Martinson said the Medical Society has a broader concern that some UnitedHealthcare members will be left with a network of providers that is inadequate to meet their needs.

It has asked UnitedHealthcare to provide more information about the changes. Depending on the response, the Medical Society is prepared to ask the federal Centers for Medicare and Medicaid Services to take steps to ensure that the network remains adequate.

“MSNJ feels that the physician-patient relationship is a sacred one – many seniors often have a strong and long-term relationship with a physician,” said Martinson, adding that the organization wants seniors to be able to make an informed choice during the open enrollment period.

UnitedHealthcare spokeswoman Mary McElrath-Jones wrote in an email response to questions that the reductions will differ depending on local factors, the healthcare needs of members and the company’s responsibility to provide appropriate access to primary-care doctors and specialists.

The factors used to decide which doctors were dropped depended on the company’s need to offer a network that would “enhance health plan quality, improve health care outcomes and curb the growth in health care costs. I want to emphasize that the basis for removal from our network is driven by what we are trying to achieve – not necessarily by a failure to meet any contractual terms,” she said.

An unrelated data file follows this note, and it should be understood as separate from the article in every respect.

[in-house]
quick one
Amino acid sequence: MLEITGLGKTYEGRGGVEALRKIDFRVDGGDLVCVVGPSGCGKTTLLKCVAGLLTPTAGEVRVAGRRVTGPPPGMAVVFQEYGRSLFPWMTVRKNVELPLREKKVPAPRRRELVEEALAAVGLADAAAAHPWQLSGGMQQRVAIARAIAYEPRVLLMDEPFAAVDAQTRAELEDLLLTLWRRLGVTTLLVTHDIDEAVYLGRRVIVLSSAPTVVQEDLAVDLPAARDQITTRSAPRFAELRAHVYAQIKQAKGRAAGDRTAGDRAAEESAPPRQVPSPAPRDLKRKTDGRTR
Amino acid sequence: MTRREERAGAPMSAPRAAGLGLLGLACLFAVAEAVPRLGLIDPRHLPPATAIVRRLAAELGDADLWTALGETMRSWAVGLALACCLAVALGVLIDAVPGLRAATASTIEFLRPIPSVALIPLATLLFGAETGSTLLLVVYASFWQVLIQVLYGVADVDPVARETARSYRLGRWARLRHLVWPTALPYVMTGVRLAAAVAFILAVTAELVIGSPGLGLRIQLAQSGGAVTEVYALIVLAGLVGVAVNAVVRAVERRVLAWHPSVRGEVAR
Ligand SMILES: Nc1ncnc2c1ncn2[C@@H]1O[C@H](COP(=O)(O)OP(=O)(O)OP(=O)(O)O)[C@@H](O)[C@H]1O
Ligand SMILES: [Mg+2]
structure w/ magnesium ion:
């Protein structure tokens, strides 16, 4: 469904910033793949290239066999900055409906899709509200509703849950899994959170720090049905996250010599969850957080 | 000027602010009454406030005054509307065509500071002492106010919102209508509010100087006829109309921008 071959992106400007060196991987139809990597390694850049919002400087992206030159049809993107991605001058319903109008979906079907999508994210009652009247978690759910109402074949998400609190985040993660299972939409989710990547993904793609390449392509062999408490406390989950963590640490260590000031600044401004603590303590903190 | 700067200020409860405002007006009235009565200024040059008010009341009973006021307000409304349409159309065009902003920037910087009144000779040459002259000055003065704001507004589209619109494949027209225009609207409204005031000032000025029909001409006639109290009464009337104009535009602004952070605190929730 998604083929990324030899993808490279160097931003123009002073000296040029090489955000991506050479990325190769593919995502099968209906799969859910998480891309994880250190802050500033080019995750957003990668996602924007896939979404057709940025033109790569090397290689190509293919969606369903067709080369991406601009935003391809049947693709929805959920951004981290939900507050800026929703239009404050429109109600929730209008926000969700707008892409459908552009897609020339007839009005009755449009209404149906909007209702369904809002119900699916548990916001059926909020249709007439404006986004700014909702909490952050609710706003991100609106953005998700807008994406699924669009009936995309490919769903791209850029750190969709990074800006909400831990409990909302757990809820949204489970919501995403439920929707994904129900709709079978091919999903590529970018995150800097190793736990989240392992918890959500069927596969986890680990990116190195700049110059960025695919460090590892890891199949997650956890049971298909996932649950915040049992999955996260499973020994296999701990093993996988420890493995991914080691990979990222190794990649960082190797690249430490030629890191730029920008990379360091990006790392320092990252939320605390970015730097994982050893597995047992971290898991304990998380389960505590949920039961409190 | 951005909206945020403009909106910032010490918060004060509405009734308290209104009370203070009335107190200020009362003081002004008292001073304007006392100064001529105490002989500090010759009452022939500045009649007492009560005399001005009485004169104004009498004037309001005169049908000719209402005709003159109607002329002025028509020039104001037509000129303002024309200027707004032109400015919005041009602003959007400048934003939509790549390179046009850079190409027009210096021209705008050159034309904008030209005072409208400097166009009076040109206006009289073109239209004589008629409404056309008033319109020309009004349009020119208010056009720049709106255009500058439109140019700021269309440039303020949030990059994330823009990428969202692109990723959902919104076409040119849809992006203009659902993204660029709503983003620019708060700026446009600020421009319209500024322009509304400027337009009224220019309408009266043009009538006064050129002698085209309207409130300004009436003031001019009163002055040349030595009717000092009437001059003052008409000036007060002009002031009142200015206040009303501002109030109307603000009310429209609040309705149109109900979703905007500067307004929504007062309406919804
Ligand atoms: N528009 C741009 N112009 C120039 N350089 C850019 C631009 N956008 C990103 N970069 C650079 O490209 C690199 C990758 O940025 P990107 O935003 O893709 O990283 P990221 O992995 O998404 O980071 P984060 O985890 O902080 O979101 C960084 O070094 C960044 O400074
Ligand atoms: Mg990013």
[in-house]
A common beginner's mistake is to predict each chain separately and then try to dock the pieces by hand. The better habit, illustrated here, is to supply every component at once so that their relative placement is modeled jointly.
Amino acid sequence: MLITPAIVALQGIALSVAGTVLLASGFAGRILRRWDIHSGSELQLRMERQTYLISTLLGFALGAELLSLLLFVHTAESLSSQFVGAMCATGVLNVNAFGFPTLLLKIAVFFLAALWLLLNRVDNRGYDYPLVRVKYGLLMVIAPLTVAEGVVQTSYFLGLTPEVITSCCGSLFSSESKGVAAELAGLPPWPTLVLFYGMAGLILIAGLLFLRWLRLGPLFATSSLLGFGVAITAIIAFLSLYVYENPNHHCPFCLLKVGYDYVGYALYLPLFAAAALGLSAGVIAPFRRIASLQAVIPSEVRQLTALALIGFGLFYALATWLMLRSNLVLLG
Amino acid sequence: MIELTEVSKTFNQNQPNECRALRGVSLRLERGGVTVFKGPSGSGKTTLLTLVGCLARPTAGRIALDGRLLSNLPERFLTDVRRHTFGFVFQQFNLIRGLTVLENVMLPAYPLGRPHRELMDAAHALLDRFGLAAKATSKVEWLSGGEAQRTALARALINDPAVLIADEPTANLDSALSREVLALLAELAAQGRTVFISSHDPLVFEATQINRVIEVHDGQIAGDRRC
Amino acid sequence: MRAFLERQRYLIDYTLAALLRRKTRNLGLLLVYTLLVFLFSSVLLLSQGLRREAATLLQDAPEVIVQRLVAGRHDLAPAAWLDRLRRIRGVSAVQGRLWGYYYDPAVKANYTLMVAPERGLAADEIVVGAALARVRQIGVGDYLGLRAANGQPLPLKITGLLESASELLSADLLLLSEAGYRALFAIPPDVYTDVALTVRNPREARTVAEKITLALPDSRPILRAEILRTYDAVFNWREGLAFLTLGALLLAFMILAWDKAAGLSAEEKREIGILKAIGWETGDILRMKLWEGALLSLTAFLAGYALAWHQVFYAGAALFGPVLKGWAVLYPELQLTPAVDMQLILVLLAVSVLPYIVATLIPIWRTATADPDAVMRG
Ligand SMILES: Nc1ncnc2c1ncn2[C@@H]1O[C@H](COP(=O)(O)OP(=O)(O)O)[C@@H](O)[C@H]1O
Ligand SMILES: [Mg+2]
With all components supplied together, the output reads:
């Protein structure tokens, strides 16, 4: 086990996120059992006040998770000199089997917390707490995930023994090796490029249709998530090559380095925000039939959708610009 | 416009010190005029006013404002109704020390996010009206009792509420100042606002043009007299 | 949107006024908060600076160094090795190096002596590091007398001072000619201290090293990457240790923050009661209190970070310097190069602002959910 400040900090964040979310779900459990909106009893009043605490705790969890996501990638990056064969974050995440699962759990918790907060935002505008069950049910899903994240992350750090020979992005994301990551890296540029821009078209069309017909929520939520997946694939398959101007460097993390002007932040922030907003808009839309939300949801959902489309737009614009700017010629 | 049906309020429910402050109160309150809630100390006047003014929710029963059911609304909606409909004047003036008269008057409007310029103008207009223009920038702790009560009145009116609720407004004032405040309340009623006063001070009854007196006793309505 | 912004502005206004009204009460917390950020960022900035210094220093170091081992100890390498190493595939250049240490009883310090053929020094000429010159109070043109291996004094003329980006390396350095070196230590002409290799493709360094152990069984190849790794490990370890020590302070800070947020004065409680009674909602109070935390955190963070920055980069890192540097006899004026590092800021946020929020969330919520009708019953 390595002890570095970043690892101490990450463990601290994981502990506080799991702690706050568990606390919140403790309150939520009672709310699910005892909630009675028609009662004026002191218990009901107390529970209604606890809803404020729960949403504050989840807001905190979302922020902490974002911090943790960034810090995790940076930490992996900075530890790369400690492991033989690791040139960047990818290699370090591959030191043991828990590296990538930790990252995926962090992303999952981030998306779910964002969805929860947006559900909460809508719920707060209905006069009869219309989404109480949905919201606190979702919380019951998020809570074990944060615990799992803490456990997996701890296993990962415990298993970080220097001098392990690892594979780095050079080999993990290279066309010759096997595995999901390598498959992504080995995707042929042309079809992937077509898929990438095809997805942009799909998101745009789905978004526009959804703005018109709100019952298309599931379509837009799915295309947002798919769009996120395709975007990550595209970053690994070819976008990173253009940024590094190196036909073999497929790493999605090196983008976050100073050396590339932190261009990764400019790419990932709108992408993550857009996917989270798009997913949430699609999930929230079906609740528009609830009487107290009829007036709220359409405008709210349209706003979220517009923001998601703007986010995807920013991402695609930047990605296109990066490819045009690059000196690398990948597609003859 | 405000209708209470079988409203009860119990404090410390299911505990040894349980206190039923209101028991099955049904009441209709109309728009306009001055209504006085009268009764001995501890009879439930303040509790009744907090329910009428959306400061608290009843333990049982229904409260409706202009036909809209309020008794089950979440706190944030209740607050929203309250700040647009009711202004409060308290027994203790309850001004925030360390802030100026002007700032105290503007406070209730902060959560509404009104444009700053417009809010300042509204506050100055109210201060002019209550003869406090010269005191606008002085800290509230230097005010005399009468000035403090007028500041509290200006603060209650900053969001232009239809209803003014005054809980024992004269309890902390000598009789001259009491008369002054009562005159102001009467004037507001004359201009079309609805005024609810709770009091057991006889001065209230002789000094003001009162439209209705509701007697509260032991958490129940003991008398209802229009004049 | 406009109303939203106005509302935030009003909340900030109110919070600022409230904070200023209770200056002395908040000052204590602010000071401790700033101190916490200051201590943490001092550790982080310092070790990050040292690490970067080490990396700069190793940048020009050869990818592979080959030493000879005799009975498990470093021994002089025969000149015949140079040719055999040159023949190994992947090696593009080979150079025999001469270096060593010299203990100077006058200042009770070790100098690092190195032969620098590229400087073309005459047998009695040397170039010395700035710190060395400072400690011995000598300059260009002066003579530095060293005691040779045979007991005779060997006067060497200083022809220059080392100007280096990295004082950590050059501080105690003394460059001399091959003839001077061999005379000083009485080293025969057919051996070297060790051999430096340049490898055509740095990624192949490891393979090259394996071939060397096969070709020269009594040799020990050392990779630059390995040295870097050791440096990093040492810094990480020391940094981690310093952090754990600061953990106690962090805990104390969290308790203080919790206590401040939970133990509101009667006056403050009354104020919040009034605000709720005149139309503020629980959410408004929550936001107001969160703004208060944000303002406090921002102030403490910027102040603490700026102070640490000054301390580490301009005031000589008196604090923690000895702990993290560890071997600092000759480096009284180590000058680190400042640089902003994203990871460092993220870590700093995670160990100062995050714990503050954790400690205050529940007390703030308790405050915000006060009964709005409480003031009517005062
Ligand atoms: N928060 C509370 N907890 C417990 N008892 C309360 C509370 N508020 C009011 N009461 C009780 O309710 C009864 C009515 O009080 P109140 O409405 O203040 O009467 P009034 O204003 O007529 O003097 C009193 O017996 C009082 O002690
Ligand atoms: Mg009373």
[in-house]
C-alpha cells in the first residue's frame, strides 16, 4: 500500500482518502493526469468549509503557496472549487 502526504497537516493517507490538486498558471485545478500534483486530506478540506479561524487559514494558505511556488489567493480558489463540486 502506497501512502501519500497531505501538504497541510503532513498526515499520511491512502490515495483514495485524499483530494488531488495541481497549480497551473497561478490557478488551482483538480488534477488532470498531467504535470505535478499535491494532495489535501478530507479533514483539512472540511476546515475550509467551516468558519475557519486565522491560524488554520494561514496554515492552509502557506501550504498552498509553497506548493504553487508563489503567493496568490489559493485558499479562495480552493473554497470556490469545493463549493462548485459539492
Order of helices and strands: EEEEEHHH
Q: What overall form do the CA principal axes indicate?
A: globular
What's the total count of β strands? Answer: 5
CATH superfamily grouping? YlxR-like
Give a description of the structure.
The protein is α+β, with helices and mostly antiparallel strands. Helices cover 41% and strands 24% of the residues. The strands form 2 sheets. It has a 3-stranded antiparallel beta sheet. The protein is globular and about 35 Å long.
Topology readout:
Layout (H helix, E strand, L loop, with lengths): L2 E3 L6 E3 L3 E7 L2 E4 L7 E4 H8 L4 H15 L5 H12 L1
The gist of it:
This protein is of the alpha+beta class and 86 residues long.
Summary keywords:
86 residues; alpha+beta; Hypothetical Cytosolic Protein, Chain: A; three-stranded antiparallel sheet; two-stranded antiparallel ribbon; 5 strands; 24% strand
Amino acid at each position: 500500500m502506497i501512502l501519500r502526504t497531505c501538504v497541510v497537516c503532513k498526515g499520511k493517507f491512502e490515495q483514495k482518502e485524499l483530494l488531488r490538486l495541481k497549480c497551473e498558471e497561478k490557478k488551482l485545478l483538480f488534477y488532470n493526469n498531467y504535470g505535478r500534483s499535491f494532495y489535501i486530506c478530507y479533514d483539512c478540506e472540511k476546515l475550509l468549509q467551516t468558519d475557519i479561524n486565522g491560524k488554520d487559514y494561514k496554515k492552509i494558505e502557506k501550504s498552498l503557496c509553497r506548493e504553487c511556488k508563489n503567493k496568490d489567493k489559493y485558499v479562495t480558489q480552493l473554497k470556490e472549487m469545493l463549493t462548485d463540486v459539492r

The company also is dealing with federal pressures.

“Reimbursement rates for Medicare Advantage plans are dropping, and overall Medicare Advantage funding is not keeping pace with the growth in healthcare costs,” she said.

She also said the company is working to help members understand their options. Members with recent claims with providers being dropped will receive a letter from UnitedHealthcare “as soon as possible after providers are notified,” she said, adding that customers can call the company’s customer service line to check to see if their provider is still in the network.

Dr. David U. Himmelstein, a professor with the City University of New York School of Public Health, said insurers have in the past dropped doctors from their Medicare Advantage networks for two reasons: to drop patients whose costs were high and to increase their leverage in bargaining with other providers.

Himmelstein is highly critical of Medicare Advantage programs and co-wrote a paper earlier this year that estimated that the federal government pays billions extra in annual costs for the program, compared with what it pays for traditional Medicare fee-for-service. He said the UnitedHealthcare decision to drop doctors will pose present a challenge to patients.

“Were talking about elderly people, many of them with some cognitive impairment, and we’re saying you have to jump through a bunch of hoops” to keep their doctors, Himmelstein said. “Some might be able to, but many of them won’t.”

McElrath-Jones said the company was focused on meeting the needs of its members.

“The changes we are making will encourage higher quality health care coverage and help keep that coverage affordable for them,” she said.